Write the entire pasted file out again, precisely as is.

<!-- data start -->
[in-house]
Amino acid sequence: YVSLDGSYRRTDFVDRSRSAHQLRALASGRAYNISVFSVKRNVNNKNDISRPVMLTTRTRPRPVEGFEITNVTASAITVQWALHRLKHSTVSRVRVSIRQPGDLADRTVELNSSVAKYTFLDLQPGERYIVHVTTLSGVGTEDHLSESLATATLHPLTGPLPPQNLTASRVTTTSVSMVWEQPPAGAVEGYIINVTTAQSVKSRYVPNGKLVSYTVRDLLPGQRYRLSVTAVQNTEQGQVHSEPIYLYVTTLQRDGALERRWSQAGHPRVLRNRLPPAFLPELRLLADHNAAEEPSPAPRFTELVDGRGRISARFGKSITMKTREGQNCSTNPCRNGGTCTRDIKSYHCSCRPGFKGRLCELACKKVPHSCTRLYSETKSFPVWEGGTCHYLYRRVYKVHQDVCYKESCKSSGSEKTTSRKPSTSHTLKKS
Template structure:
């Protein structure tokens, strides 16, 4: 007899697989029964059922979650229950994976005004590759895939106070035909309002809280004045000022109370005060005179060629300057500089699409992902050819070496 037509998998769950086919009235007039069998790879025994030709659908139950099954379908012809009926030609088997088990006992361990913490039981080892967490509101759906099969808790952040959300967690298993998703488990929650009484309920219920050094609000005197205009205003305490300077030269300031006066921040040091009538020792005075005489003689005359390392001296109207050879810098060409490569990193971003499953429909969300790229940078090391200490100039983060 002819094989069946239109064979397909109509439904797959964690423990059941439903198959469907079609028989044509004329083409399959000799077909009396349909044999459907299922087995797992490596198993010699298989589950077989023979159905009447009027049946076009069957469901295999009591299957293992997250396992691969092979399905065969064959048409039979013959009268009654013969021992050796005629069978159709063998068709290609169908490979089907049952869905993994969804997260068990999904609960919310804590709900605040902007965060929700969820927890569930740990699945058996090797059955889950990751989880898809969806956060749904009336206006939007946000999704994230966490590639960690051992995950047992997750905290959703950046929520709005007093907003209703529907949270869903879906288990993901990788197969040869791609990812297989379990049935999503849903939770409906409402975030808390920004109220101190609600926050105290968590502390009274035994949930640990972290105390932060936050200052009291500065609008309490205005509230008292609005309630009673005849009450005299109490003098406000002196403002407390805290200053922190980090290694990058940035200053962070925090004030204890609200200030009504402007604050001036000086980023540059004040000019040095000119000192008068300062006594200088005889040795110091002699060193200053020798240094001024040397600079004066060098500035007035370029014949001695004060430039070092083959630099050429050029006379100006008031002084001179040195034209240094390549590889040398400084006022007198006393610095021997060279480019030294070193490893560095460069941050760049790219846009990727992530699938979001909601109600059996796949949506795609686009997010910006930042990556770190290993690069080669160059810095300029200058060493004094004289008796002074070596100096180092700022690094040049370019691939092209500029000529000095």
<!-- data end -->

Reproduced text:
[in-house]
Amino acid sequence: YVSLDGSYRRTDFVDRSRSAHQLRALASGRAYNISVFSVKRNVNNKNDISRPVMLTTRTRPRPVEGFEITNVTASAITVQWALHRLKHSTVSRVRVSIRQPGDLADRTVELNSSVAKYTFLDLQPGERYIVHVTTLSGVGTEDHLSESLATATLHPLTGPLPPQNLTASRVTTTSVSMVWEQPPAGAVEGYIINVTTAQSVKSRYVPNGKLVSYTVRDLLPGQRYRLSVTAVQNTEQGQVHSEPIYLYVTTLQRDGALERRWSQAGHPRVLRNRLPPAFLPELRLLADHNAAEEPSPAPRFTELVDGRGRISARFGKSITMKTREGQNCSTNPCRNGGTCTRDIKSYHCSCRPGFKGRLCELACKKVPHSCTRLYSETKSFPVWEGGTCHYLYRRVYKVHQDVCYKESCKSSGSEKTTSRKPSTSHTLKKS
Template structure:
């Protein structure tokens, strides 16, 4: 007899697989029964059922979650229950994976005004590759895939106070035909309002809280004045000022109370005060005179060629300057500089699409992902050819070496 037509998998769950086919009235007039069998790879025994030709659908139950099954379908012809009926030609088997088990006992361990913490039981080892967490509101759906099969808790952040959300967690298993998703488990929650009484309920219920050094609000005197205009205003305490300077030269300031006066921040040091009538020792005075005489003689005359390392001296109207050879810098060409490569990193971003499953429909969300790229940078090391200490100039983060 002819094989069946239109064979397909109509439904797959964690423990059941439903198959469907079609028989044509004329083409399959000799077909009396349909044999459907299922087995797992490596198993010699298989589950077989023979159905009447009027049946076009069957469901295999009591299957293992997250396992691969092979399905065969064959048409039979013959009268009654013969021992050796005629069978159709063998068709290609169908490979089907049952869905993994969804997260068990999904609960919310804590709900605040902007965060929700969820927890569930740990699945058996090797059955889950990751989880898809969806956060749904009336206006939007946000999704994230966490590639960690051992995950047992997750905290959703950046929520709005007093907003209703529907949270869903879906288990993901990788197969040869791609990812297989379990049935999503849903939770409906409402975030808390920004109220101190609600926050105290968590502390009274035994949930640990972290105390932060936050200052009291500065609008309490205005509230008292609005309630009673005849009450005299109490003098406000002196403002407390805290200053922190980090290694990058940035200053962070925090004030204890609200200030009504402007604050001036000086980023540059004040000019040095000119000192008068300062006594200088005889040795110091002699060193200053020798240094001024040397600079004066060098500035007035370029014949001695004060430039070092083959630099050429050029006379100006008031002084001179040195034209240094390549590889040398400084006022007198006393610095021997060279480019030294070193490893560095460069941050760049790219846009990727992530699938979001909601109600059996796949949506795609686009997010910006930042990556770190290993690069080669160059810095300029200058060493004094004289008796002074070596100096180092700022690094040049370019691939092209500029000529000095």